Elon Musk’s ‘Cyberpunk’ Tesla Pickup Truck: Go, Tesla, Go! Or Why, Elon, Why?

(Credit: Stephen Mason/YouTube)

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The Tesla Truck reveal is only a month away now, and a few more specifics about what it looks like have been revealed by Elon Musk. We already expected something cyberpunk, but now we also are to expect a military-styled armored personnel carrier as part of its inspiration. This all sounds very cool as a concept vehicle, perhaps, but will it sound cool to a large enough consumer base to be worth the time and effort to put in on the market?

Actually, another question has started to creep into my mind: What exactly is the point of the Tesla Truck?

Whereas other Tesla vehicles were designed to directly take on ICE cars and revolutionize the EV market in their own sporty or practical way, the pickup truck market seems to be more particular about what converts a potential customer into an actual customer. That said, a cyberpunk beast is an odd choice for a company that has proven so many EV myths false and arguably inspired a lot of legislation to be aimed squarely at legacy manufacturers. If Tesla can do it, regulators seem to say, so can you. But one area EVs really need to take on to truly be a completely mainstream option is pickup trucks.

That’s where Rivian seemed to be coming in, albeit their starting prices are a bit on the high side for the mainstream truck customer. It could all be proven completely worth the expense down the line, but when Tesla fired shots with an “under $50k” potential truck price tag, it certainly seemed like there was going to be a real shakeup that put an affordable and all-electric work truck on the road soon. The more I hear about the style of the Tesla Truck, though, the more I scratch my head. Yes, Rivian did their own style thing with the piggy-nose headlights, but that was really just one feature people have started to warm up to. The point of it was also so they would be very recognizable and distinguished as their brand. An entire vehicle going against the grain is a different matter entirely.

I know Musk has his mantra of aiming to design a vehicle that he would personally want to buy, and I respect the logic behind that. However, there’s also the other angle about him that doesn’t jive with Harrison Ford being behind the wheel of this kind of Tesla in a Hollywood production: Making EVs mainstream.

Sure, the Model S and even Model X aren’t really practical purchases for more fiscally-limited consumers (i.e., most of them). There’s an argument to be made for them, though. After proving that EVs could be amazing, the improvements that went into their manufacturing has now translated into the mass market Model 3. There’s already an existing parallel in the ICE world on this as well via racing. The US gas company Sonoco exemplifies this with their motto that their gas is the “official fuel of NASCAR” despite regular car fuel being totally different from racing car fuel. The thought is that if they know how to manufacture super performance gas, their fuel will have an overall higher level of refinement technology that your car will benefit from. I have no idea if it actually does, but that’s the message.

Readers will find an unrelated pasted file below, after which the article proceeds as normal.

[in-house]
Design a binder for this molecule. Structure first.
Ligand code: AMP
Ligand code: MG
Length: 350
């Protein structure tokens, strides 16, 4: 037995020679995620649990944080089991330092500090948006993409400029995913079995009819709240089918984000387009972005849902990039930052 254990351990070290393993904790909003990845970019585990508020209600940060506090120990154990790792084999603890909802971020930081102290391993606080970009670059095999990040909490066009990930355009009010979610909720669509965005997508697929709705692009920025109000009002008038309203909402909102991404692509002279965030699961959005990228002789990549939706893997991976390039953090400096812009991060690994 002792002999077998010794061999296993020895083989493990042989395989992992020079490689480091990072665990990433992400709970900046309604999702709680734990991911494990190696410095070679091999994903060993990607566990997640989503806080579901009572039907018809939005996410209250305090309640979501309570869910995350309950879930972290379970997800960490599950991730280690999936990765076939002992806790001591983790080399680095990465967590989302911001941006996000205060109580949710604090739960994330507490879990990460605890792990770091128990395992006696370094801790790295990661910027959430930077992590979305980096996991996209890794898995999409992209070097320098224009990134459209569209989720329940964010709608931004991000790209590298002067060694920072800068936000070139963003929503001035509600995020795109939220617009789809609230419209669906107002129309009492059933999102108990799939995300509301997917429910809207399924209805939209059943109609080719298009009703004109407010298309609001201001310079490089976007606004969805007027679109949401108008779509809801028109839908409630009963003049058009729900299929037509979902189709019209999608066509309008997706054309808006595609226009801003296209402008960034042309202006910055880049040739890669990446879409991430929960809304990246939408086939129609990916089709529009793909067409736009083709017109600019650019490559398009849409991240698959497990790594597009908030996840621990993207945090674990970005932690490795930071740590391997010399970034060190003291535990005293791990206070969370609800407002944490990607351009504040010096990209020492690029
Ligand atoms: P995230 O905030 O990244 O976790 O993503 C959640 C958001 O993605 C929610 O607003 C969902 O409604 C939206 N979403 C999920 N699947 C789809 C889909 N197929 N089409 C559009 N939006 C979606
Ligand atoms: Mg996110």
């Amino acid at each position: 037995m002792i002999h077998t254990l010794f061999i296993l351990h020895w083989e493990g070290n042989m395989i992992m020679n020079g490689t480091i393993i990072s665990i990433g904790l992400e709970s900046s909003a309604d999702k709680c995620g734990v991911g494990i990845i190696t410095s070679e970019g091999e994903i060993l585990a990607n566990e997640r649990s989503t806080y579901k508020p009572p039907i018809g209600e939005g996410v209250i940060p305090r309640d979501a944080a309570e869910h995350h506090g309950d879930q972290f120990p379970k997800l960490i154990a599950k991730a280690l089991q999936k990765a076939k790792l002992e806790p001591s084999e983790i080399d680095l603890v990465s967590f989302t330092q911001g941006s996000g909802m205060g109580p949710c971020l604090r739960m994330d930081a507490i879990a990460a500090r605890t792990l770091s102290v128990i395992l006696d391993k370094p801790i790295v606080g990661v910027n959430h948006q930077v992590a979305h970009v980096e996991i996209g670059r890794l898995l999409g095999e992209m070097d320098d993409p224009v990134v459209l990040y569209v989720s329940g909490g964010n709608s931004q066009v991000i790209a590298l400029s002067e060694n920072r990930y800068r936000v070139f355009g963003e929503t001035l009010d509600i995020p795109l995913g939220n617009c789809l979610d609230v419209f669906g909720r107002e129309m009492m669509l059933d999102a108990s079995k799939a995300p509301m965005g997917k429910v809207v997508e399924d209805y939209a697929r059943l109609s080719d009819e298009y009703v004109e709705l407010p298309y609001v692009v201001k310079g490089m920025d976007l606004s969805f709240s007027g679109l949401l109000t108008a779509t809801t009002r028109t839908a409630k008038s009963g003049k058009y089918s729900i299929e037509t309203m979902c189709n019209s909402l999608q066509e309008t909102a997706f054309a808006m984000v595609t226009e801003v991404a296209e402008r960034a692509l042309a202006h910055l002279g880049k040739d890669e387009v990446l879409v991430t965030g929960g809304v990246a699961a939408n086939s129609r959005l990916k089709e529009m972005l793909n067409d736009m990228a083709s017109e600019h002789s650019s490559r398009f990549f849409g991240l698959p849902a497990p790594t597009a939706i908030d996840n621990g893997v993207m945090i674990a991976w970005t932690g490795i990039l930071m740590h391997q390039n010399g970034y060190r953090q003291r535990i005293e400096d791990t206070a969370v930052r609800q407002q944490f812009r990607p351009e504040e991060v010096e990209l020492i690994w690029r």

That said, maybe the Tesla Truck is supposed to be this beast that has amazing specs which inspire customers to crave a “normal” looking truck from Tesla to eventually be produced. The next question will be whether enough buyers will go along with the cyberpunk thing and justify the expense from all the tweaks that will inevitably be necessary to develop a mass market pickup truck to follow. The Model S was very expensive, but it was still a traditionally designed sedan which appealed to a large enough consumer base to help fund Tesla’s next developments.

The Tesla Truck is kind of an outlier on this thinking, too. It will be a somewhat inexpensive truck with an even smaller consumer base. Or, does Musk hope to change what people think of in terms of a pickup truck? I am a staunch doubter on this, period. If there’s one thing the pickup market doesn’t seem to be very open to, it’s that sort of radical change. I’ll gladly be proven wrong, but until that day comes, I can’t really entertain this possibility.

Maybe Musk isn’t going for a mass market pickup at all. Maybe he just wants to prove that he can make a truck, make it cheaper, and make it better.

Then again, the Taycan also wasn’t supposed to be a true Tesla competitor, either, yet here we are. Plaid Mode is capturing headlines and significant interest in the EV community. Would we be hearing about it so soon without the Taycan reveal? I have my doubts, but who really knows?

Elon Musk’s ‘Cyberpunk’ Tesla Pickup Truck: Go, Tesla, Go! Or Why, Elon, Why?
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